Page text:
That said, my favorite books are The Giver by Lois Lowry (will be a movie this summer!), Redeeming Love by Francine Rivers, & Perpetua by Amy Rachel Peterson (I'm friends with her sister). I have several more that I really like, but those ones I can read over and over again. They may not be the best examples of good literature, but they have a solid plot and I can see the characters in my mind. They also challenge me, which I realize is an important component to the kinds of things I like to fill my head. I am inspired to be a better person when I read them, and a better Christian.

And to backtrack a little, I liked Divergent more probably because I saw the movie first (and 3 more times because I liked it so much). I'll probably go see it a few more when it hits the $3 theatre. I know that many more people liked The Hunger Games series and I have yet to read it. But I really liked the plot of Divergent - it's quite action-packed, so there you go. That's my personal preference. Other people like descriptions and scenery and flowery prose, but I like plot and barebones characters, so I can imagine the story in my own mind.

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Re: Be a Better Writer--BREAKING THE RULES, part 2

Postby glorybee » Tue Jun 03, 2014 7:20 am

Thanks, Leah!

I love The Giver, too--have read it dozens of times, and I used to teach it, so I know it backwards and forwards. I'm highly skeptical of the movie--have you seen the trailer? It doesn't seem to resemble the book in the least. I'll watch it, because it exists, but I'm kind of expecting to hate it.
Jan Ackerson

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Re: Be a Better Writer--BREAKING THE RULES, part 2

Postby itsjoanne » Tue Jun 03, 2014 8:37 am

I read the Giver for the first time last week, believe it or not (and not because the movie is coming out - related to my study of children's lit, now that I'm trying to write the stuff myself :D). WOW. What a story! Not sure if I will see the movie or not.

glorybee wrote:Thanks, Leah!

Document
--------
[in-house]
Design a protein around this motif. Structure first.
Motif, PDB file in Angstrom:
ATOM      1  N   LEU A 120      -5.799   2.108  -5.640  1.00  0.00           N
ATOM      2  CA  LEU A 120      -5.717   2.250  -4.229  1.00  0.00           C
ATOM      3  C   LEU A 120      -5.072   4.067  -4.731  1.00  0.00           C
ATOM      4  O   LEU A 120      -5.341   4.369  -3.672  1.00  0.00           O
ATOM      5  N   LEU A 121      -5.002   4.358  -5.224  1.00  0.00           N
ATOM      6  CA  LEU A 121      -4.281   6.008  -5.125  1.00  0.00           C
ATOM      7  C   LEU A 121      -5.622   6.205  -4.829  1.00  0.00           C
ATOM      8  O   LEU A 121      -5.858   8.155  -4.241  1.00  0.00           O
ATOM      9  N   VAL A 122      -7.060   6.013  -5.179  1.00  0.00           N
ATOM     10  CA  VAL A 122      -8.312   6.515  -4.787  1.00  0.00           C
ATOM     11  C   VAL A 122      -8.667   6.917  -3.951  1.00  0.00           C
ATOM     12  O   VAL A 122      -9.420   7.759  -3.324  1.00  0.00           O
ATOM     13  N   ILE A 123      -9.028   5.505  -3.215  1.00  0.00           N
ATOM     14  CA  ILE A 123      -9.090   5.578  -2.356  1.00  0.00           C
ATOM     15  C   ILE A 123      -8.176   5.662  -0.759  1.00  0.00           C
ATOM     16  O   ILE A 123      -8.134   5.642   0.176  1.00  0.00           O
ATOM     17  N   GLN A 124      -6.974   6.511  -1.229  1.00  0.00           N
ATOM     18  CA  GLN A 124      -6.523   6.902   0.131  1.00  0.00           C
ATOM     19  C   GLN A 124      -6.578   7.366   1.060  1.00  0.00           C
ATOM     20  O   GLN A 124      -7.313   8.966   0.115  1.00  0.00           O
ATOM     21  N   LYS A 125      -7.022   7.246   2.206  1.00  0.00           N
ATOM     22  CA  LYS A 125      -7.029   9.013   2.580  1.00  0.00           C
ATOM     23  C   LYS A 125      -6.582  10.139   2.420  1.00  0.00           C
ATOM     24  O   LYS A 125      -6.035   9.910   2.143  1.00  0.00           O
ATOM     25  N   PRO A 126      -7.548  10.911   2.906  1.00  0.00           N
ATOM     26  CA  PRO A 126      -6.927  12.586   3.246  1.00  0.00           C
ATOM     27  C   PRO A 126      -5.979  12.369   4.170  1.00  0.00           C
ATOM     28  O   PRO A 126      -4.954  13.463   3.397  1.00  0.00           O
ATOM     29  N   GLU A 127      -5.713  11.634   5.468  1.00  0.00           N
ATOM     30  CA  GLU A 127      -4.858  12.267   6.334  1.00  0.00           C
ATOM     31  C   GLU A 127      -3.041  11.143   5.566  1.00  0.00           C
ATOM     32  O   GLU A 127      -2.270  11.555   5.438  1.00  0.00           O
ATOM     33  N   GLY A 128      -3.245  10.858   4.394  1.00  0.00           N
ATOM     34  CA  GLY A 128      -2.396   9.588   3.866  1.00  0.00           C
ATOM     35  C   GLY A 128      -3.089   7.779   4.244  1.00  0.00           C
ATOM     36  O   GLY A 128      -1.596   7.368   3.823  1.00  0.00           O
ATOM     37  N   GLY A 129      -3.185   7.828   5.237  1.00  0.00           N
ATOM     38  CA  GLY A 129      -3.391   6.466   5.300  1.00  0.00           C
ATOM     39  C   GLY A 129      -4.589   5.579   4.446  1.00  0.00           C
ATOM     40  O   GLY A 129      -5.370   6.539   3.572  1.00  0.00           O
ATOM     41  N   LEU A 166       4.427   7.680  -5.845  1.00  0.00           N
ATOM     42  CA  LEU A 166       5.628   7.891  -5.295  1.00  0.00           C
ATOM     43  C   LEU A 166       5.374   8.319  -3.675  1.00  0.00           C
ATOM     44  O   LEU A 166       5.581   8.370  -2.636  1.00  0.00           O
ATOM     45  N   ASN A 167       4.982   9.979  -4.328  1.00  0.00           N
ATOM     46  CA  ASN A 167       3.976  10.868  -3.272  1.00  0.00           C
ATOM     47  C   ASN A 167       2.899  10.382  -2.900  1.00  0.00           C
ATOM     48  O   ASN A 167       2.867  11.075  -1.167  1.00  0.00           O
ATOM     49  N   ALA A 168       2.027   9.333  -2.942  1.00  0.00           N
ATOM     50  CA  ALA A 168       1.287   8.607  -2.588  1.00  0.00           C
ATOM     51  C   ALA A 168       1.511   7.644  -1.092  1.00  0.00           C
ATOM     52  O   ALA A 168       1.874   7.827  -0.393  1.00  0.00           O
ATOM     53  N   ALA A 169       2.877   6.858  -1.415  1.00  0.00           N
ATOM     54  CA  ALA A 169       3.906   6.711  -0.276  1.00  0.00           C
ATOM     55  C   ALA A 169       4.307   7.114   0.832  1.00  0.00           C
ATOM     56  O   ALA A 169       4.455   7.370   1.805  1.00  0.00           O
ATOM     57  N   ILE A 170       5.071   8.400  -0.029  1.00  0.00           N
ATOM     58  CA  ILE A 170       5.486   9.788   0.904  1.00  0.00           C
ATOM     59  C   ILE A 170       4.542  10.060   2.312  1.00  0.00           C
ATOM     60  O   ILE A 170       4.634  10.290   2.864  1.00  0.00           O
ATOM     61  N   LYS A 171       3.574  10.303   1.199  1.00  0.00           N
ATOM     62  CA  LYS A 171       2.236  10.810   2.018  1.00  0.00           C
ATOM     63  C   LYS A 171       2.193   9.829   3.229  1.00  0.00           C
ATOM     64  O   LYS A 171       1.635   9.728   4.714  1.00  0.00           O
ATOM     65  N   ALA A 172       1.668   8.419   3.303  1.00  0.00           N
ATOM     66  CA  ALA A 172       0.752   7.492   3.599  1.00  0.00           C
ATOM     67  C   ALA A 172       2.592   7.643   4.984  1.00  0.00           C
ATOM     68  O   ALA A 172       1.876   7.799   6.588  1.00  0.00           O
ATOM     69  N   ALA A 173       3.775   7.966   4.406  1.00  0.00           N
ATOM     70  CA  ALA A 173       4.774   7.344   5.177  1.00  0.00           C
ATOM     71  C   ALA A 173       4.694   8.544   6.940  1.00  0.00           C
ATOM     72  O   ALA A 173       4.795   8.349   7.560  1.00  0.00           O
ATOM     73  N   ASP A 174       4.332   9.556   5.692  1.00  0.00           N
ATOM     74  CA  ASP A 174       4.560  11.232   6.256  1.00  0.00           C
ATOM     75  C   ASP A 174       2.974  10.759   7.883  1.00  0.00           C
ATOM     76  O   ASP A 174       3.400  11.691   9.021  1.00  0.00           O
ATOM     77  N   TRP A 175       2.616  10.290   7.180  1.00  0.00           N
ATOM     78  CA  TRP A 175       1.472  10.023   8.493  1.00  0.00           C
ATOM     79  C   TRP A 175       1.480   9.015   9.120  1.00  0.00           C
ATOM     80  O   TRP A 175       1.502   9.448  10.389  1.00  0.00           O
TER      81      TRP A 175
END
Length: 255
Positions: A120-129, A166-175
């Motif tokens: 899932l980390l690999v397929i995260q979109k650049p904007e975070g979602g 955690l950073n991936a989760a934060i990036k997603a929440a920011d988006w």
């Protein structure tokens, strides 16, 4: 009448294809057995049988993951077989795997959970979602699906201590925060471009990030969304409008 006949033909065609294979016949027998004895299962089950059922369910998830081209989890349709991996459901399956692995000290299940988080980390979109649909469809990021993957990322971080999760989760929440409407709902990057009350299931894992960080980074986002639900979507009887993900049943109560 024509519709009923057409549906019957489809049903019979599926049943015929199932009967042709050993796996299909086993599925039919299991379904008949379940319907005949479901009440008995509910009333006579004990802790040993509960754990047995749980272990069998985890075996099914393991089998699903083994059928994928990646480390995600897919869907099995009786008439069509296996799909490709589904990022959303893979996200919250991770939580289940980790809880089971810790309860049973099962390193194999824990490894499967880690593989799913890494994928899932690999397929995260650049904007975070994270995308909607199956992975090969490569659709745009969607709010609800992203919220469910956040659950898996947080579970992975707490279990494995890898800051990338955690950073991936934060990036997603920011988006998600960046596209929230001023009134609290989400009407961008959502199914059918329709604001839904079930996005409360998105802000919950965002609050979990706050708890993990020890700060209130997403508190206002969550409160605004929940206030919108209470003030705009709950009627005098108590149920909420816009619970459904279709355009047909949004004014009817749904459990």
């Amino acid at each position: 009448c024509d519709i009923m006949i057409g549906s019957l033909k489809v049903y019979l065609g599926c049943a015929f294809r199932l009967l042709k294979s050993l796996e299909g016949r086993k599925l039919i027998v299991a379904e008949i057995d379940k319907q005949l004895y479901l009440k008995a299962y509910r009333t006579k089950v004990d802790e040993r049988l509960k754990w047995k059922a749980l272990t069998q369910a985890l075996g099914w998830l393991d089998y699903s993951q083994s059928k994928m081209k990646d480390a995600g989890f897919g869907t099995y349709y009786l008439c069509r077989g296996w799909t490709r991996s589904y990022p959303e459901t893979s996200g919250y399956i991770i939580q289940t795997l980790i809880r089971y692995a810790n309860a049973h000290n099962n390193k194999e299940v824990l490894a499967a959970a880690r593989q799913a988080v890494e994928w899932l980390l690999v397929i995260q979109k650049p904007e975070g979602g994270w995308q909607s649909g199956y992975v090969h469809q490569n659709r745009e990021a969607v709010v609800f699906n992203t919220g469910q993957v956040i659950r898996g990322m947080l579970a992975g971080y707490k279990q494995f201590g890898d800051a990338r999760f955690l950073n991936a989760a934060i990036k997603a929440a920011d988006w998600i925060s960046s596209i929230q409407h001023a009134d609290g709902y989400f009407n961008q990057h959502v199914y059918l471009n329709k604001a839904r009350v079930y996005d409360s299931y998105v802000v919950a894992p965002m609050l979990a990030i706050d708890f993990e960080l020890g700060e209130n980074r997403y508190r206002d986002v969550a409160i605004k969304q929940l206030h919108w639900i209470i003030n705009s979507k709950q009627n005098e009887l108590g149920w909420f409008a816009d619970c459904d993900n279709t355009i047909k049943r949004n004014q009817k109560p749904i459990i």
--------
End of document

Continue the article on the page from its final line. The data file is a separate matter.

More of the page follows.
I love The Giver, too--have read it dozens of times, and I used to teach it, so I know it backwards and forwards. I'm highly skeptical of the movie--have you seen the trailer? It doesn't seem to resemble the book in the least. I'll watch it, because it exists, but I'm kind of expecting to hate it.

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Re: Be a Better Writer--BREAKING THE RULES, part 2

Postby violin4jesus » Sat Jun 07, 2014 8:40 am

glorybee wrote:Thanks, Leah!

I love The Giver, too--have read it dozens of times, and I used to teach it, so I know it backwards and forwards. I'm highly skeptical of the movie--have you seen the trailer? It doesn't seem to resemble the book in the least. I'll watch it, because it exists, but I'm kind of expecting to hate it.


Yeah, I don't know if I'll like the movie. But I will go in with an open mind, and maybe I'll enjoy it for other redeeming qualities. I've been really disappointed with the recent Narnia movies, though, so hoping that doesn't set the tone for other book to movie adaptions.

Last week I read The Fault In Our Stars (borrowed from the library) to see if the movie was worth seeing. I'll probably catch it on $4 nights at our local theatre, as it's not one I'm dying to see. But I liked the book overall.

Did you see this article? Adults Should Be Embarrassed to Read Children's Books I have to admit, her reasoning is pretty illogical. I've read plenty of children's books (like The Giver) and they have much more to recommend than some adult literary fiction. I once read The Poisonwood Bible and it was really good up until the climax of the book. The last section of it fell completely flat, in my opinion. Yet I can read and reread YA books multiple times, and I'm satisfied and challenged. Go figure.

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Re: Be a Better Writer--BREAKING THE RULES, part 2

Postby JayDavidKing » Fri Jul 04, 2014 6:18 pm

Jan, you said in this lesson that you are not fond of the "show versus tell" style of writing. Would you mind sharing your reasons for that lack of fondness? And maybe a few examples of when "tell" would work better than "show"?

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Re: Be a Better Writer--BREAKING THE RULES, part 2

Postby glorybee » Fri Jul 04, 2014 11:28 pm

I'd love to clarify that--but it will be difficult from my phone, without a computer. (I'm on vacation.) could I ask you a favor? If i haven't answered this in two weeks, ask it again. I'll look for computer time to do it, in the meanwhile.
Jan Ackerson